The Rudiments of Written Arithmetic: Containing Slate and Black-board Exercises for Beginners and Designed for Graded Schools
Ivison, Blakeman, Taylor & Company, 1877 - Arithmetic - 200 pages
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12 cents acres acres of land added amount ANALYSIS annexing barrels barrels of flour bought bushels bushels of wheat butter called cents a pound Change ciphers cloth column common denominator containing cords corn cost cubic currency decimal denominator difference Divide dividend division divisor dollars equal EQUIVALENTS EXAMPLES FOR PRACTICE expressed factors farmer feet figure five foot four fraction gain gallons given Hence hogshead horse hundred inches interest leaves load lowest Measure Meter miles mills minuend molasses month Multiply obtain OPERATION paid pieces pints quarts quotient receive Reduce remainder result rods RULE sell sold square Subtract subtrahend sugar TABLE tens third thousand tons units weighing whole wood worth Write yards
Page 142 - Thirty days hath September, April, June, and November ; All the rest have thirty-one, Except the second month alone, Which has but twenty-eight, in fine, Till leap year gives it twenty-nine.
Page 136 - SQUARE MEASURE 144 square inches (sq. in.) = 1 square foot (sq. ft.) 9 square feet = 1 square yard (sq. yd.) 30| square yards = 1 square rod (sq. rd.) 160 square rods = 1 acre (A.) 640 acres = 1 square mile (sq.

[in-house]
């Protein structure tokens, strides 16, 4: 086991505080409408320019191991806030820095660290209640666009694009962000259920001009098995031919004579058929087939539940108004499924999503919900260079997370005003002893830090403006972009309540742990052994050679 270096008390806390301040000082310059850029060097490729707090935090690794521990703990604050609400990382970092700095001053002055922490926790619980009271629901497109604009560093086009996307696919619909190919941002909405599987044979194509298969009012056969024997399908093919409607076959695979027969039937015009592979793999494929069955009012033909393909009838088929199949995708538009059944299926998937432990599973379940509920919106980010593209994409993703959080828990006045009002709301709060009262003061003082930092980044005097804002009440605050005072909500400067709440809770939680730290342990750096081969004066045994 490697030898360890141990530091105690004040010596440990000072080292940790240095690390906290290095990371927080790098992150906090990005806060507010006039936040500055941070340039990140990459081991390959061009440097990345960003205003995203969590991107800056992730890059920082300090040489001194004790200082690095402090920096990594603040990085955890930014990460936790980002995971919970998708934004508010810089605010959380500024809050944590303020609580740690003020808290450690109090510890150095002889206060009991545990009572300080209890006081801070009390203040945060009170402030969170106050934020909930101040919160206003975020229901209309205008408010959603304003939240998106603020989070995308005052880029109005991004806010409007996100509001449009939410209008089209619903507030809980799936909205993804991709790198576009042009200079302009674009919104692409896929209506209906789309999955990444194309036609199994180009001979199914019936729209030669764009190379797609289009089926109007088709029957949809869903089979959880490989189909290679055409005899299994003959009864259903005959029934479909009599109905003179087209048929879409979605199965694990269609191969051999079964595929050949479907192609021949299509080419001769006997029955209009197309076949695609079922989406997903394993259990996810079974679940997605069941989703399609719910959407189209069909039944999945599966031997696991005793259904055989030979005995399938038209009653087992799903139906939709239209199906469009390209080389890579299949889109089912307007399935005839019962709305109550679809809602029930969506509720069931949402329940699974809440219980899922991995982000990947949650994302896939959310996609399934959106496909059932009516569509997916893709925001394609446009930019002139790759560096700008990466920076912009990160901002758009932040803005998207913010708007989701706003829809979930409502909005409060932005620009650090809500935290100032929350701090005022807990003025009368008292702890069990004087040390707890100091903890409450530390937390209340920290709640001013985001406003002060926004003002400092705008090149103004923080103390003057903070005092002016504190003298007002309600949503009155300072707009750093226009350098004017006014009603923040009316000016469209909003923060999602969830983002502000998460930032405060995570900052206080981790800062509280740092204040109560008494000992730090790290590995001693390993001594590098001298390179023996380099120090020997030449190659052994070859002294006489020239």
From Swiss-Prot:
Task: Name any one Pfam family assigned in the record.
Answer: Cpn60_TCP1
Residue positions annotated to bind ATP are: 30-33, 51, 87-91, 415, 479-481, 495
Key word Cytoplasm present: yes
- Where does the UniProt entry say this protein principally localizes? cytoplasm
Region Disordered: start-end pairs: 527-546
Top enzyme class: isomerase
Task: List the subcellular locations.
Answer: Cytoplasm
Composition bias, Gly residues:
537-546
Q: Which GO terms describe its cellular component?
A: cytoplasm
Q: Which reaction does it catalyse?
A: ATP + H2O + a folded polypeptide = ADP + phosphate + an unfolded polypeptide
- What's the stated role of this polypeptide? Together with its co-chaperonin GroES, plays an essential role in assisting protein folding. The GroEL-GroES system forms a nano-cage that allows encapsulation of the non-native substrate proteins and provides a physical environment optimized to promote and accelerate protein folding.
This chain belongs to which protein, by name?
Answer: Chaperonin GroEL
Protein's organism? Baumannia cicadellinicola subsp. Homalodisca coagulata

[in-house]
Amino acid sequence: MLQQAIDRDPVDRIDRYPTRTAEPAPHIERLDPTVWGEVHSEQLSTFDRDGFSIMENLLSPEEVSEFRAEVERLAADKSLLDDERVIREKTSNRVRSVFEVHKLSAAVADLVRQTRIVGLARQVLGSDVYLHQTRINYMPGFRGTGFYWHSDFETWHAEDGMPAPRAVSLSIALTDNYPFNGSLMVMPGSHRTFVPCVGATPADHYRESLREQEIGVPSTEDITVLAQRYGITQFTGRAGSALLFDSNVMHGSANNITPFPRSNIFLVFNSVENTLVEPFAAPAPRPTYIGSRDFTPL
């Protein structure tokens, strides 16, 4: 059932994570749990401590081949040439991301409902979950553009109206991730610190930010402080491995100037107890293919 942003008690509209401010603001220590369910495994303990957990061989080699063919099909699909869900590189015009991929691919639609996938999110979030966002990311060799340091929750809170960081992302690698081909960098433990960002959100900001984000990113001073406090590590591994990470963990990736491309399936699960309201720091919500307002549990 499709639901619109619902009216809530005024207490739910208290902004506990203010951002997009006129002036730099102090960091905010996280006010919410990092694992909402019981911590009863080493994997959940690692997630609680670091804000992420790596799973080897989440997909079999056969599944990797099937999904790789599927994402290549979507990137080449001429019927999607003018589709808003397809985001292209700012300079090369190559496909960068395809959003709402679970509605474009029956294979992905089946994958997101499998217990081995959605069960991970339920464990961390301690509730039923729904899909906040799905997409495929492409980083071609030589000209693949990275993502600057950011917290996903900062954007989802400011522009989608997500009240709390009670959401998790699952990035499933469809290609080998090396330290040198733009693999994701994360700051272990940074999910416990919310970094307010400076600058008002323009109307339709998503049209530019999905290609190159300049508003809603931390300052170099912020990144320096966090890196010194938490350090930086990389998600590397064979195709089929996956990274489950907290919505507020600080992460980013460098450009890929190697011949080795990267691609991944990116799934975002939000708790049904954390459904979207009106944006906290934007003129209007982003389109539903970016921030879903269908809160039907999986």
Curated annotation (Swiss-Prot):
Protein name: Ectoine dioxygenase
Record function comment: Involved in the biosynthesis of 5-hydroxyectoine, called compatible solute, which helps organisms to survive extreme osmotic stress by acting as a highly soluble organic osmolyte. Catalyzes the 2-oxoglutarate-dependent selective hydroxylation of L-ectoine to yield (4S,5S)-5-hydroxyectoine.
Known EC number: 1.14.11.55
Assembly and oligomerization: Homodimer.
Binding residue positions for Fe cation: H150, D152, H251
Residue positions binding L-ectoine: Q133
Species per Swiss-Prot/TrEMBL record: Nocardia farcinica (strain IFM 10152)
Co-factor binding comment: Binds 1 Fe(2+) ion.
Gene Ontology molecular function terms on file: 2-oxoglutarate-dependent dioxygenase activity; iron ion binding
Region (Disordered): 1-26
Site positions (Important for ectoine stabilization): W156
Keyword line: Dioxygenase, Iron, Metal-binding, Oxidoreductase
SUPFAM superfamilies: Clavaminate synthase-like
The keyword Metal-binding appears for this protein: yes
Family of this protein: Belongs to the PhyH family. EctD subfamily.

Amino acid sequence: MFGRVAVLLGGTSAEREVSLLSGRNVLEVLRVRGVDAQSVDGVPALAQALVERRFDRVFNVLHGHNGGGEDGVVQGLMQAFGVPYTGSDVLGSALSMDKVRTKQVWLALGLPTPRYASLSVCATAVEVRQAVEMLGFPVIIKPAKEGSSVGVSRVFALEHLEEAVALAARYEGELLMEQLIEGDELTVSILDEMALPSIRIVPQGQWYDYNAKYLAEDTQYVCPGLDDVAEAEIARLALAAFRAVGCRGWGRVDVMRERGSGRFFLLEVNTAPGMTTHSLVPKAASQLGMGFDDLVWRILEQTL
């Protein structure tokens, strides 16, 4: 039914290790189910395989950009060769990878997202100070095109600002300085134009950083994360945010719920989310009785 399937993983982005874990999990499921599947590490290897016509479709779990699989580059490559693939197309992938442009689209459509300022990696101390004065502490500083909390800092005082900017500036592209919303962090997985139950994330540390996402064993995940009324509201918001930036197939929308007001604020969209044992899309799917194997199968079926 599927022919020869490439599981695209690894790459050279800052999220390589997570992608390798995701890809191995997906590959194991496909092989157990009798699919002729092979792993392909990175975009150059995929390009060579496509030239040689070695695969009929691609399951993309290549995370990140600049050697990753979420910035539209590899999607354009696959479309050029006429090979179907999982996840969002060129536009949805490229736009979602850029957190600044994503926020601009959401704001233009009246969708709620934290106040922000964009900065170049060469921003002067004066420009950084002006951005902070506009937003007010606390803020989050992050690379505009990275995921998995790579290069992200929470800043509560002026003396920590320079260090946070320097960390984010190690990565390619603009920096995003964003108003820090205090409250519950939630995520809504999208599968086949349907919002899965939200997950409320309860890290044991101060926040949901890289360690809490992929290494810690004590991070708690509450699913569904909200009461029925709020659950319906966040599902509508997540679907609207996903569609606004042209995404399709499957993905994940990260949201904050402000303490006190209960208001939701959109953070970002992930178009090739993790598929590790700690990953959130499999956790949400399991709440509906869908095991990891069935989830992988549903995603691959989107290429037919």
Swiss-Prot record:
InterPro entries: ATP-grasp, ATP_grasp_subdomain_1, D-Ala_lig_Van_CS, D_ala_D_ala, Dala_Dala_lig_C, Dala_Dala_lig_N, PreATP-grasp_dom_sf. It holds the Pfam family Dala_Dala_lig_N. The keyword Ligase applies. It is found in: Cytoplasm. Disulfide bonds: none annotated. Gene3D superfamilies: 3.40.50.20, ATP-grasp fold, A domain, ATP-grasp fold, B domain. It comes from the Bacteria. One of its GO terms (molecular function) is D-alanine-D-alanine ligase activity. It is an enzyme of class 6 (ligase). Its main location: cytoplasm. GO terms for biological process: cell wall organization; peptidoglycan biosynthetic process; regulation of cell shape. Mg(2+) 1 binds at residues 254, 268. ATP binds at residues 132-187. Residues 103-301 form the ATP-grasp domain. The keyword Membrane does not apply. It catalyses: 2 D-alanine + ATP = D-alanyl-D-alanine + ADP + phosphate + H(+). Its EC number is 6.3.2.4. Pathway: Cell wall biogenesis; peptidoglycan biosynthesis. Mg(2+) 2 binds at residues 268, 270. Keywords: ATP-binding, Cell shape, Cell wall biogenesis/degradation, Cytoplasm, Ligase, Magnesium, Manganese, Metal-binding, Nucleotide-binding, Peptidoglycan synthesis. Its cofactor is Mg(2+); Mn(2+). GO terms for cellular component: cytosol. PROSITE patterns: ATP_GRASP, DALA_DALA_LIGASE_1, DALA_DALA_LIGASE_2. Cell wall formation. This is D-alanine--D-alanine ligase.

Page 139 - LIQUID MEASURE 4 gills (gi.) = 1 pint (pt.) 2 pints = 1 quart (qt...
Page 114 - RULE. Divide as in whole numbers, and from the right hand of the quotient point off' as many places for decimals as Che decimal places in the dividend exceed those in the divisor.
Page 41 - The number thus added to itself, or the number to be multiplied, is called the multiplicand. The number which shows how many times the multiplicand is to be taken, or the number by which we multiply, is called the multiplier.
Page 112 - RULE. Multiply as in whole numbers, and from the right hand of the product point off as many figures for decimals as there are decimal places in both factors.
Page 156 - Write the subtrahend under the minuend, so that units of the same denomination shall stand under each other. II. Beginning at the right hand, subtract each denomination separately, as in simple numbers. III. If the number of any denomination in 1he subtrahend exceed that of the same denomination in the minuend, add to the number in the...
Page 114 - When a decimal number is to be divided by 10, 100, 1000, &c., remove the decimal point as many places to the left as there are ciphers in the divisor, and if there be not figures enough in the number, prefix ciphers.
Page 168 - Divide the product of the remaining factors of the dividend by the product of the remaining factors of the divisor, and the result will be the quotient.
Page 140 - DRY MEASURE 2 pints (pt.) = 1 quart (qt.) 8 quarts =1 peck (pk.) 4 pecks = 1 bushel (bu...